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You know, that those who understand clowns real people, just with costumes and make-up, watching the antics of clowns is funny…… Depending on whether or not your taste runs to slapstick humor. The Three Stooges made a living off of slapstick humor, and many became great fans. But for many children, they do not understand what a clown is, and the value in society of having clowns, and so they are deathly afraid of clowns. Clowns scare them. A lot! In a circus, one of the common acts is for a Volkswagen full of clowns to drive into the center ring, and the clowns start piling out of the car. And the clowns come, and the clowns come and the clowns come… And sometimes 25 or 30 clowns will come out of the Volkswagen. For a long time I never gave it any thought at all, but then it occurred to me, that is just not enough space in the car for that many clowns! Later on I discovered that the way they do it is they have a trap door in the floor of the center ring and the clowns are under the stage, and the Volkswagen drives over the trap door And the clowns come up under the bottom of the car and out the door. I don’t know but it probably looks good on a résumé. With the title of this topic in mind, and the above preface, I submit for your approval, or comment, or for Dmitar’s agenda driven down vote, the following:
Publisher BMG has plunged itself into a copyright lawsuit with elements that are so bizarre it's hard to fathom what the company was thinking of. According to the complaint, BMG illegally used a song owned by religious group Watchtower in a for-profit Christmas album, featuring songs from other faiths, which are set to be sung in cathedrals. Needless to say, Jehovah's Witnesses are outraged. Music publisher BMG is best known on these pages for its aggressive copyright infringement action against ISP Cox Communications in the United States. After filing a lawsuit accusing the ISP of doing little to prevent its customers from pirating music time and again, the case went through a tortuous process that eventually led to a “substantial settlement.” Given the nature of its business and a history of picking over the intricacies of copyright law, it was a surprise to see BMG named as a defendant in a US copyright lawsuit this week. Unusually, however, it’s not simply the copyright aspect of this case that makes it so unusual and interesting. Singer Aled Jones Releases Album in November Last month, Welsh singer Aled Jones, who shot to fame as a youngster in the 1980s, teamed up with BMG to release a new album titled ‘Blessings’. The album aims to be religiously inclusive by bundling songs associated with Christians, Catholics, Muslims, Buddhists, and Quakers. But trying to appeal to everyone can have its pitfalls, especially where religion is concerned. The problem lies in a song on the album called “Listen, Obey and Be Blessed”, a work owned by the Watch Tower Bible and Tract Society, the supervising body and publisher for the Jehovah’s Witness religious group. The appearance of this song on a commercial album immediately raised alarm bells among the religion’s followers who, through their teachings and knowledge of their faith, knew this track shouldn’t have been used in this manner. Read more: https://torrentfreak.com/jehovahs-witnesses-file-copyright-lawsuit-in-response-to-blundering-christmas-album-201225/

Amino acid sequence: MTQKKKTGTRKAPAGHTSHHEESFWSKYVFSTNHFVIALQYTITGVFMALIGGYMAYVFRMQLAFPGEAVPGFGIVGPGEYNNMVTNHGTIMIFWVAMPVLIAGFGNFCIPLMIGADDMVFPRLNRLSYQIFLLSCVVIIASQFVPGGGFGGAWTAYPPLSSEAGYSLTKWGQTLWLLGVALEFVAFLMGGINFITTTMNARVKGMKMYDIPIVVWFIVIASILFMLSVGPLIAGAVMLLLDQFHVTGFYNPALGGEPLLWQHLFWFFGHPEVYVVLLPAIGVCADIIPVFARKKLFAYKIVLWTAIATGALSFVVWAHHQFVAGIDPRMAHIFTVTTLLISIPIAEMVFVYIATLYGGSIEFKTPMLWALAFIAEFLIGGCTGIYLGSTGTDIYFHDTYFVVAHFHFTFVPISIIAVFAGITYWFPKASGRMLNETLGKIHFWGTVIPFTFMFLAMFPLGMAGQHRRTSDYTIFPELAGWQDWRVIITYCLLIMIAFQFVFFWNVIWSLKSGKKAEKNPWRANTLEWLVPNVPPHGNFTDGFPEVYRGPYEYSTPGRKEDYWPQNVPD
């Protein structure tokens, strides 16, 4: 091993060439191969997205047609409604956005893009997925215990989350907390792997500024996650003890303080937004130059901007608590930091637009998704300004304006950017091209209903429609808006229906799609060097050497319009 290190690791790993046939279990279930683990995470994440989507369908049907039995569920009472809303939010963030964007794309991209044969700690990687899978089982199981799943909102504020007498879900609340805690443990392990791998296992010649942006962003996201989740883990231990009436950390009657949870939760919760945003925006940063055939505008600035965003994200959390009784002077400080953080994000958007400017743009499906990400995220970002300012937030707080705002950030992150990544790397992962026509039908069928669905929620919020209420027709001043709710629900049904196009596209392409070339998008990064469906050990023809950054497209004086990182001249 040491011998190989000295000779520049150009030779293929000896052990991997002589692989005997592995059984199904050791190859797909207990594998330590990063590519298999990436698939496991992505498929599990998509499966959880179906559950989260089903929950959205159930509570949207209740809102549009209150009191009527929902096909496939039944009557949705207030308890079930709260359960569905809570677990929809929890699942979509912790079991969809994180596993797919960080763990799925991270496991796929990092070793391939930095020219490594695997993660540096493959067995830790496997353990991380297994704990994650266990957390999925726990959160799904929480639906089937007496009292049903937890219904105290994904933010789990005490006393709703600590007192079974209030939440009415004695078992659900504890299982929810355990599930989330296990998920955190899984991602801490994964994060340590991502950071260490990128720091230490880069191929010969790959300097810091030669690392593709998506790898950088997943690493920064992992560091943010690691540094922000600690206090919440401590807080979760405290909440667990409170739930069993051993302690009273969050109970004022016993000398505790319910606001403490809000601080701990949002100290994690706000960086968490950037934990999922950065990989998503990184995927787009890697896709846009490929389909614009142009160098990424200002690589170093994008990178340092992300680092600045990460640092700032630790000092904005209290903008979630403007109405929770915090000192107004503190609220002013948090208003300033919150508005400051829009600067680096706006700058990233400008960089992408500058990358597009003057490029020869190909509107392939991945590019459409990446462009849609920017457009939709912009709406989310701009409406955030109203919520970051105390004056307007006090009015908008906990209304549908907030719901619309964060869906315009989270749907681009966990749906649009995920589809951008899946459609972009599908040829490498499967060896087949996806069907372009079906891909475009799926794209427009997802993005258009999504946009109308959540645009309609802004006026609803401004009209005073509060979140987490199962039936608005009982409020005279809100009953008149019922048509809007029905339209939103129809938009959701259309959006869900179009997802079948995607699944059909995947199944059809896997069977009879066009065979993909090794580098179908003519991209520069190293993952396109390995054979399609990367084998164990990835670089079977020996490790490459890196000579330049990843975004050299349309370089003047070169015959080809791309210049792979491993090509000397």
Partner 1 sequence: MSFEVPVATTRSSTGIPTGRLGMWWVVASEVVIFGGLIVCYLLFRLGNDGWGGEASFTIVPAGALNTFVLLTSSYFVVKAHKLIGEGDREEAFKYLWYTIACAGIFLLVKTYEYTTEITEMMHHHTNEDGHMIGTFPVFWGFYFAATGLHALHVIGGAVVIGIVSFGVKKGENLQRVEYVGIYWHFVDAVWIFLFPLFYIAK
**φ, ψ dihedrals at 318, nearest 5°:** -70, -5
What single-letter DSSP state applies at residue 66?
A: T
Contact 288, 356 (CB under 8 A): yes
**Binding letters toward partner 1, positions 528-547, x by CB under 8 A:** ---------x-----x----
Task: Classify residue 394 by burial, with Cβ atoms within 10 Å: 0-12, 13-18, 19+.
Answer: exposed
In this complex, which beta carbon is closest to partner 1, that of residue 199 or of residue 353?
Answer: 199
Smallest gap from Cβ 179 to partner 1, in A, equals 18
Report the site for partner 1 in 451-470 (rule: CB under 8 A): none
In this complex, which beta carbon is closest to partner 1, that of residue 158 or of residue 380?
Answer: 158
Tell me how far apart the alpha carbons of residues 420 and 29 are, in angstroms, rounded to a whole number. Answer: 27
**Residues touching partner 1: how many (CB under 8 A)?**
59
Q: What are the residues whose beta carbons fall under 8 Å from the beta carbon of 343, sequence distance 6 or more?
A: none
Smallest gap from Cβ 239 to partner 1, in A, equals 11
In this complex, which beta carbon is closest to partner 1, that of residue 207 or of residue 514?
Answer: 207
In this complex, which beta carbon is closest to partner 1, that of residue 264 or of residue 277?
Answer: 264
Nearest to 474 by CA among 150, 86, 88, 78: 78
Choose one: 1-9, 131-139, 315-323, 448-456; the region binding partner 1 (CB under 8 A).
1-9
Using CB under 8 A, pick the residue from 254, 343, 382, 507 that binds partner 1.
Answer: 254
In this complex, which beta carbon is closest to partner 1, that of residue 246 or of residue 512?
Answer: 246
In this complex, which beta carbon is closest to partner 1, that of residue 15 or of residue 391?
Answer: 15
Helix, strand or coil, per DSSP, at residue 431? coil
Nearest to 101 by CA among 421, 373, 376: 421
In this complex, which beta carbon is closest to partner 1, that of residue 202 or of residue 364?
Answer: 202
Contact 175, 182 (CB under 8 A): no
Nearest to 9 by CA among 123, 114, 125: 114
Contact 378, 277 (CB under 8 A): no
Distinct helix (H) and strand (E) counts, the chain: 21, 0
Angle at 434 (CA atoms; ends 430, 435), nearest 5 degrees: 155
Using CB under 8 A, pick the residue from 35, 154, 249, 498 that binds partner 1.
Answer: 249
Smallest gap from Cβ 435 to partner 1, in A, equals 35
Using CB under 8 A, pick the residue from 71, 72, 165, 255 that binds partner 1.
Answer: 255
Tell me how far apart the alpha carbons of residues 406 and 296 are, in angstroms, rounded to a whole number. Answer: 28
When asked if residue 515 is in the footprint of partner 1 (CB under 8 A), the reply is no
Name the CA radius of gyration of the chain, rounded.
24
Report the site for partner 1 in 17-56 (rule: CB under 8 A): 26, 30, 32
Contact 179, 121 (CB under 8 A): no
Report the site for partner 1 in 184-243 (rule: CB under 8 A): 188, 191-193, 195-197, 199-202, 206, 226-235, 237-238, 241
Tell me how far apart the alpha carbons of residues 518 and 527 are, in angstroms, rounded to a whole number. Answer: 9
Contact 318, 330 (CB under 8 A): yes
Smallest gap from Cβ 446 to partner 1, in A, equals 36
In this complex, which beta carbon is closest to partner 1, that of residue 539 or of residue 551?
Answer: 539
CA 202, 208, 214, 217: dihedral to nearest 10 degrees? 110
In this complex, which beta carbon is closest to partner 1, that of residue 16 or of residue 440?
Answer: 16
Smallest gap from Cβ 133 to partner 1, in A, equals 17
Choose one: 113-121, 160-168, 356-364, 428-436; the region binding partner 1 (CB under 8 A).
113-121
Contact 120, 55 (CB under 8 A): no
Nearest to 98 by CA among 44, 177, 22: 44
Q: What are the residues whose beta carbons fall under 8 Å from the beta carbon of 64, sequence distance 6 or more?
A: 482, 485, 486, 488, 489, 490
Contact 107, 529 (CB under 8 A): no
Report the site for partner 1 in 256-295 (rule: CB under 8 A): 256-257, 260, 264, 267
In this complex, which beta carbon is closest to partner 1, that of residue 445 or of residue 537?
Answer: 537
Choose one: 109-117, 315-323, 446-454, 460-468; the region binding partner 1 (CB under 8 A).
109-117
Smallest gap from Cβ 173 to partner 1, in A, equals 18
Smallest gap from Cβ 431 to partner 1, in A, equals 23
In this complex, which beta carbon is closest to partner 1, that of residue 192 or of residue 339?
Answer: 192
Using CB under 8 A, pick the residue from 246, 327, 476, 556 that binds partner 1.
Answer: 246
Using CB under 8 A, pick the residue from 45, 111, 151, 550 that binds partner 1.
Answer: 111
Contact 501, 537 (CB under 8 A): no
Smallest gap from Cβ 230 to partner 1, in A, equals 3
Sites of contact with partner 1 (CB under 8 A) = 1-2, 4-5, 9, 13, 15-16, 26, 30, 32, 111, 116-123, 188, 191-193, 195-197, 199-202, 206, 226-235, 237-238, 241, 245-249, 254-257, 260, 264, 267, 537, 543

via TheWorldNewsOrg World News